The Museum’s botanical exhibition introduces visitors to the kingdom of plants. The botanical exhibits begin with an introduction to biology. A large three-dimensional representation of the plant cell is the visitors’ first contact with the basic unit of every living organism. The processes of growth, reproduction, and heredity are projected in accurate reproductions that show the basic functions of plant cells.
The great variety of shapes characteristic of plants is reflected in the groups in which they are classified. Enlarged and natural-size models of fungi, algae, bryophyte (mosses), pteridophyta (ferns), gymnospermae (conifers), angiospermae (flowering plants) inform visitors about the importance of those groups in plant societies.
In another hall there are models, moulds and photographs that show the anatomy and morphology of flowering plants, the structure of the flower, the root, the leaves, according to environmental conditions with emphasis on dry biotopes and wetlands, the function of pollination etc.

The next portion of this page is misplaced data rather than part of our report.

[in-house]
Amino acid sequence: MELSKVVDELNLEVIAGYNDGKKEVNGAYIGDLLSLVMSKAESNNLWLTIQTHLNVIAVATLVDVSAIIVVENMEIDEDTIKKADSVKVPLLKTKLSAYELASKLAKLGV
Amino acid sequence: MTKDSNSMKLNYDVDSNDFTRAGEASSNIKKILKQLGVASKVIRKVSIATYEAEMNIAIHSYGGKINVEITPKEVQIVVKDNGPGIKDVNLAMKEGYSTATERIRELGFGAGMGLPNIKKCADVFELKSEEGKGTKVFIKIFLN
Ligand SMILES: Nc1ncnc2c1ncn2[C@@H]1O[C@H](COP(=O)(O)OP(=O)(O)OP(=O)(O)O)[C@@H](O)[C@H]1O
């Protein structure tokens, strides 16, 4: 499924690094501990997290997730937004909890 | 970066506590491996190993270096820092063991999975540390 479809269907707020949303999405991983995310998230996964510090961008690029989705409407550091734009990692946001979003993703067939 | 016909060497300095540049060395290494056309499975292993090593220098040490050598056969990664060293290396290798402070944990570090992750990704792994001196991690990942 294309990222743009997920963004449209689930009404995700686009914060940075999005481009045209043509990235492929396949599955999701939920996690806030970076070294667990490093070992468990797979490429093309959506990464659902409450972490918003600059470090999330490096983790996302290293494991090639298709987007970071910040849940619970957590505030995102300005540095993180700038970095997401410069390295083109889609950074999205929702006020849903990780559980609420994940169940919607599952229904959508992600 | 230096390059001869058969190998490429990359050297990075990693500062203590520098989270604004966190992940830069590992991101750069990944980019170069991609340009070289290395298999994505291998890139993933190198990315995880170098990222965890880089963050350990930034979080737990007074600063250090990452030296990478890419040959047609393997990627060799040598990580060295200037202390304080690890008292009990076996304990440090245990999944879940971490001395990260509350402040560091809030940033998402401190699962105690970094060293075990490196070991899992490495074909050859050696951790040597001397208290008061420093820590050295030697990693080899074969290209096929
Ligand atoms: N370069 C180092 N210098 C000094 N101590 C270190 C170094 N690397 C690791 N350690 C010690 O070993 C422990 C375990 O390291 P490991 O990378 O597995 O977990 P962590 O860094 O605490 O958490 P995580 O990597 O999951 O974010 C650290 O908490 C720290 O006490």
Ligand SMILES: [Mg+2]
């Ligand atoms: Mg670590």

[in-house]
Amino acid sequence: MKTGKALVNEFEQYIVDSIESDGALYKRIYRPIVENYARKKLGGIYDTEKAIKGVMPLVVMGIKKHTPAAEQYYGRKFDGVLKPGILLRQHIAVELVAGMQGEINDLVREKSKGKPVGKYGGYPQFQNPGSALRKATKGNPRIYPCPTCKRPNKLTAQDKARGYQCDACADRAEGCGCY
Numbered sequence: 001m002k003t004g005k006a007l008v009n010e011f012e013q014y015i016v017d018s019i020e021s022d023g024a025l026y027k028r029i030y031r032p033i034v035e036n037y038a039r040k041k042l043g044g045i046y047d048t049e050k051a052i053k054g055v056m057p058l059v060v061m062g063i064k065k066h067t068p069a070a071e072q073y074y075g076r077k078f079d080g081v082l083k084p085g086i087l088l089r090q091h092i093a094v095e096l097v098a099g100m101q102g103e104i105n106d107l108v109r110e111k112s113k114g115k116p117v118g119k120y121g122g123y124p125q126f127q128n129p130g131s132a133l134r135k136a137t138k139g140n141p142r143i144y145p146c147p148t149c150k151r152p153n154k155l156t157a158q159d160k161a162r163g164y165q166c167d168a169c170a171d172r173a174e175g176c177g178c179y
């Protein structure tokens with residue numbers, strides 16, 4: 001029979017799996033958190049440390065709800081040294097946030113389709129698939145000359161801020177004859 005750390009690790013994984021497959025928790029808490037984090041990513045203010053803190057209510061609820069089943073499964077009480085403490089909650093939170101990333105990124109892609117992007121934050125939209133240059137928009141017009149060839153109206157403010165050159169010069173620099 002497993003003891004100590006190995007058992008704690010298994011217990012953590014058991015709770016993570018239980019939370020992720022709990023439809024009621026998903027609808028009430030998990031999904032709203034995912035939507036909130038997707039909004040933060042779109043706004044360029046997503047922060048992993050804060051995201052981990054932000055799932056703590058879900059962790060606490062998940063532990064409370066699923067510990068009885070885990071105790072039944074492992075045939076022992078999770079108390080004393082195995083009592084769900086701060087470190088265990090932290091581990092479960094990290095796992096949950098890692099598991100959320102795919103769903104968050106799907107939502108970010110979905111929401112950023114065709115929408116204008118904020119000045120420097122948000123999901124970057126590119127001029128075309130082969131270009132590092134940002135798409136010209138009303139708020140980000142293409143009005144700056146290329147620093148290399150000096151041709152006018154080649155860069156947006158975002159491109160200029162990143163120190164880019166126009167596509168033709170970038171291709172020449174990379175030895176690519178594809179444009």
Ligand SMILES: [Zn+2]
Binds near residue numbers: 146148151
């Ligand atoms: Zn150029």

In the same hall visitors can see plant fossils from western Macedonia of the Miocene and Pleistocene eras (11-12 million years ago). Leaves and branches from a richly vegetated lake were entrapped in its sediments and fossilized. Various types of oak are displayed, among which the Quercus pontica which no longer exists and whose leaves were 20cm long, types of maple trees, beeches, chestnut trees etc. Among the most interesting displays are the branches, leaves and fruit of the Glyptostrobus europeus , a tree related to the sequoia that no longer exists, as well as cinnamon leaves (Cinnommophyllum polymorphum) that are witnesses to the fact that the climate in those eras was warmer and more humid than it is today. Visitors realize that our world is not stable but constantly changing like any living organism. Our planet has its history which is reflected in fossils.